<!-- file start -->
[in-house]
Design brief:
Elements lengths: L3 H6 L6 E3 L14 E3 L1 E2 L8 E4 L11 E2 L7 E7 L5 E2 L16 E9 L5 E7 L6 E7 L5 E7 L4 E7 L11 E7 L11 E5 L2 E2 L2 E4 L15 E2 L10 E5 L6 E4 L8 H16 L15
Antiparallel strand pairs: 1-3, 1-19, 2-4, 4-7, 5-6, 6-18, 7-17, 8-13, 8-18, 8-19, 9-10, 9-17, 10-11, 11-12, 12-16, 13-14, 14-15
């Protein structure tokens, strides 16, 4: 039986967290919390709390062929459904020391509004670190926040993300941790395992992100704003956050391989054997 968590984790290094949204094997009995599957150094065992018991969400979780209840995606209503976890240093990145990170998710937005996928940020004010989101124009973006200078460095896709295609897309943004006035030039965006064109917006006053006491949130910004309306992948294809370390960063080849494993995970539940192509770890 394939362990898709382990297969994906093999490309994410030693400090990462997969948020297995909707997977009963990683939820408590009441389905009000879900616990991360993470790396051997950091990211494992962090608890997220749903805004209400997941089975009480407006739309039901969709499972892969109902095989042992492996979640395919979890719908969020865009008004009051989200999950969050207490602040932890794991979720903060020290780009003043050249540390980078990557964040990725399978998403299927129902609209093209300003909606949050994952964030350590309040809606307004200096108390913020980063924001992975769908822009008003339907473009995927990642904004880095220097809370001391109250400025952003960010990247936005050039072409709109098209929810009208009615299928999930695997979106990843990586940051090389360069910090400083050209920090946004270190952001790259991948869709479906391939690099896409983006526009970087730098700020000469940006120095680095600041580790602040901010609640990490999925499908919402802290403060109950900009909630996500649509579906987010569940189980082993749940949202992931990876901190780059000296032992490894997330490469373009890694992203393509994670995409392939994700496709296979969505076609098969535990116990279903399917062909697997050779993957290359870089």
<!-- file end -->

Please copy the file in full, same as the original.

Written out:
[in-house]
Design brief:
Elements lengths: L3 H6 L6 E3 L14 E3 L1 E2 L8 E4 L11 E2 L7 E7 L5 E2 L16 E9 L5 E7 L6 E7 L5 E7 L4 E7 L11 E7 L11 E5 L2 E2 L2 E4 L15 E2 L10 E5 L6 E4 L8 H16 L15
Antiparallel strand pairs: 1-3, 1-19, 2-4, 4-7, 5-6, 6-18, 7-17, 8-13, 8-18, 8-19, 9-10, 9-17, 10-11, 11-12, 12-16, 13-14, 14-15
């Protein structure tokens, strides 16, 4: 039986967290919390709390062929459904020391509004670190926040993300941790395992992100704003956050391989054997 968590984790290094949204094997009995599957150094065992018991969400979780209840995606209503976890240093990145990170998710937005996928940020004010989101124009973006200078460095896709295609897309943004006035030039965006064109917006006053006491949130910004309306992948294809370390960063080849494993995970539940192509770890 394939362990898709382990297969994906093999490309994410030693400090990462997969948020297995909707997977009963990683939820408590009441389905009000879900616990991360993470790396051997950091990211494992962090608890997220749903805004209400997941089975009480407006739309039901969709499972892969109902095989042992492996979640395919979890719908969020865009008004009051989200999950969050207490602040932890794991979720903060020290780009003043050249540390980078990557964040990725399978998403299927129902609209093209300003909606949050994952964030350590309040809606307004200096108390913020980063924001992975769908822009008003339907473009995927990642904004880095220097809370001391109250400025952003960010990247936005050039072409709109098209929810009208009615299928999930695997979106990843990586940051090389360069910090400083050209920090946004270190952001790259991948869709479906391939690099896409983006526009970087730098700020000469940006120095680095600041580790602040901010609640990490999925499908919402802290403060109950900009909630996500649509579906987010569940189980082993749940949202992931990876901190780059000296032992490894997330490469373009890694992203393509994670995409392939994700496709296979969505076609098969535990116990279903399917062909697997050779993957290359870089």